Monday, 11 November 2013
Exhibition at Diana Sanderson's Silk Weaving Studio in Vancouver.
I went to Vancouver for a month to have a small exhibition of some recent work at my friend Diana's gallery.
Busy with carpentry work and workshops and teaching, there is never the time for creative work like the good old days. Having the exhibition made me focus on a practical use for the knits from the old knitting machines. The thread is linen paper thread knit on the sock knitter and then stencilled dyed with indigo and persimmon dye. They were well received and it always feels good to have people truly interested in what you make.
I collected hundreds of old Japanese tenugui towels and painstakingly dyed them every sunny summer morning in the persimmon tannin. I sewed them together to remotely resemble old Buddhist Kessas. A friend made the boxes for each individual piece. They are humorous and funky. I hope Gale and friends wear them for years, and leave them over the back of a chair for you guests to enjoy on chilly evenings by a campfire.
I've never been interested in showing my work outside the house. Any exhibition I've had somehow just happened for some other reason. Always someone else's idea and I end up thinking...'What am I doing this for?" I guess it is for amusements sake.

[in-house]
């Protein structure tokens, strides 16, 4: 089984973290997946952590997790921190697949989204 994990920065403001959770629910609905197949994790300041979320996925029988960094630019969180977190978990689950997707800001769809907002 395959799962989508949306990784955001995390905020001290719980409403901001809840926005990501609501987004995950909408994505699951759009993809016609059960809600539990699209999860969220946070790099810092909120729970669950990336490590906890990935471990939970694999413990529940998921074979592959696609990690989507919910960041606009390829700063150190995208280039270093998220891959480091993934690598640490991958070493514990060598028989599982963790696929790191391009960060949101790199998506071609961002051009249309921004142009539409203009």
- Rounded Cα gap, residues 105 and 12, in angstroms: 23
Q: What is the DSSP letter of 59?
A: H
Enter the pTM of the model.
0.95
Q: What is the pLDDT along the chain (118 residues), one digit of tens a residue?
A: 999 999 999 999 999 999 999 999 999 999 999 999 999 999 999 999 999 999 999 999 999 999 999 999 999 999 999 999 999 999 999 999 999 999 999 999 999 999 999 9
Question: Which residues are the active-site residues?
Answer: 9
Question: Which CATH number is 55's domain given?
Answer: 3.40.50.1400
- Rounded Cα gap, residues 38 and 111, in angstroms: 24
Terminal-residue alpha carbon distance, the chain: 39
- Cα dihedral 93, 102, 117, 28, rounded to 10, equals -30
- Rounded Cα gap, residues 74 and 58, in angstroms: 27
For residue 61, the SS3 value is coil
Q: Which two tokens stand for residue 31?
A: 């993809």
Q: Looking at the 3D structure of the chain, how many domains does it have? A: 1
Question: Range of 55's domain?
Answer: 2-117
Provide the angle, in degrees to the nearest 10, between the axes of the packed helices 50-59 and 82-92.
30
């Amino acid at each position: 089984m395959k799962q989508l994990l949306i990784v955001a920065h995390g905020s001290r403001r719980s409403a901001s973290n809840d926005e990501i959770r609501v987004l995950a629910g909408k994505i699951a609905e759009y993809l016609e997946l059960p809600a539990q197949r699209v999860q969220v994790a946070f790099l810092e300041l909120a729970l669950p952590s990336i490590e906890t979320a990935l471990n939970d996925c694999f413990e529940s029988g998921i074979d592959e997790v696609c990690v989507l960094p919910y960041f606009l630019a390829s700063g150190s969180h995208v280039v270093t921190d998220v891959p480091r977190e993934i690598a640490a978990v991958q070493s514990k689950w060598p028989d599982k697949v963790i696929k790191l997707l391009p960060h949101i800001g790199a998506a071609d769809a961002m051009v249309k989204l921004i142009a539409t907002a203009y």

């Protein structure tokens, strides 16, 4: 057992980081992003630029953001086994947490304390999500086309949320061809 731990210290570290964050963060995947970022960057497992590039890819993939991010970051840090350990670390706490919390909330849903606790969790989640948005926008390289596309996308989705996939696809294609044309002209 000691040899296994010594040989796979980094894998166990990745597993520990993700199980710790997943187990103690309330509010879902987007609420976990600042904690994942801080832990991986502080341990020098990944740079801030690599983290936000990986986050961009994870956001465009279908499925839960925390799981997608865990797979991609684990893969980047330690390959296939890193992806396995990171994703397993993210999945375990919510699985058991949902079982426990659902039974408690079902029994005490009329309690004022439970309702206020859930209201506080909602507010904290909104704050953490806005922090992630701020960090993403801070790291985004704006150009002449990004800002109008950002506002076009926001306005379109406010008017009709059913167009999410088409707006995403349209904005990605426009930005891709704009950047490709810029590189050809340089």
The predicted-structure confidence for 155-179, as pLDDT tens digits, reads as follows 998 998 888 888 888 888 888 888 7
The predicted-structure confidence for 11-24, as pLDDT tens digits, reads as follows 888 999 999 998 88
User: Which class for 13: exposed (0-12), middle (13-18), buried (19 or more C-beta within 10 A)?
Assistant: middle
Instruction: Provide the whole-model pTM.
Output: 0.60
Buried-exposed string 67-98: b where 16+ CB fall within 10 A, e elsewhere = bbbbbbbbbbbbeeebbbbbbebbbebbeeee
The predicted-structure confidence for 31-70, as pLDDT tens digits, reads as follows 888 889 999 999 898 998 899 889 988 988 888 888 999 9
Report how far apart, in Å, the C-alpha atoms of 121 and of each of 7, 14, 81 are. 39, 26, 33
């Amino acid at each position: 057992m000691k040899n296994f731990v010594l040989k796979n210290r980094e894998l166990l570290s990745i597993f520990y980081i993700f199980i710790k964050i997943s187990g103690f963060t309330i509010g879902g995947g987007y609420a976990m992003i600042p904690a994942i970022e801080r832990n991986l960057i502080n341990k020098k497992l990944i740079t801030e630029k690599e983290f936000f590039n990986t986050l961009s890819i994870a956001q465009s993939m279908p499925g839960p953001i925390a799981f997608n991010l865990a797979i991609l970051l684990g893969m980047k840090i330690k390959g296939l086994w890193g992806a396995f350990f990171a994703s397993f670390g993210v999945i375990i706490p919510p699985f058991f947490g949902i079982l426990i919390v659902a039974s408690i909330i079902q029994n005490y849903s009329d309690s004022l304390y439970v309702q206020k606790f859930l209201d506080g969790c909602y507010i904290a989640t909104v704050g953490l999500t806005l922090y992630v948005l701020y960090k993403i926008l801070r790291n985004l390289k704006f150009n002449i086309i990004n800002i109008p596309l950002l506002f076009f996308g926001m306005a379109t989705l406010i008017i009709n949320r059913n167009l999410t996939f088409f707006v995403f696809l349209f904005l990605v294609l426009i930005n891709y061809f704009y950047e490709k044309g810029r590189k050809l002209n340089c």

Watching customers come into the gallery and listening to their conversations is interesting. Of course you can hear some truly idiotic comments and sort of fantasize about a trap door that would drop them directly into the ocean below. The comments that make you fear for the future of humanity and cringe at the contracted consciousness of a strutting mean-eyed mother giving shopping advice to her daughter, "In a few years you can start to buy handmade scarves but you should always think of them as an investment in your future."
But for the most part, I met warm and wonderful clear-eyed expansive people with heart-melting smiles and kind comments. I came back from Vancouver with a fuzzy warm feeling for all the people I met at the exhibition and workshops and around the city. I had time to strike up conversations everywhere I went. Sadly, I rarely have time in Japan to do that.
It was great to meet up with dear old friends. Elizabeth and I lived under the same roof and studied painting together 20 years ago in Japan. To sit for a few hours with beer and catch up on all that life has thrown at us and we've enjoyed. Magical. Thank you all for dropping by the exhibition.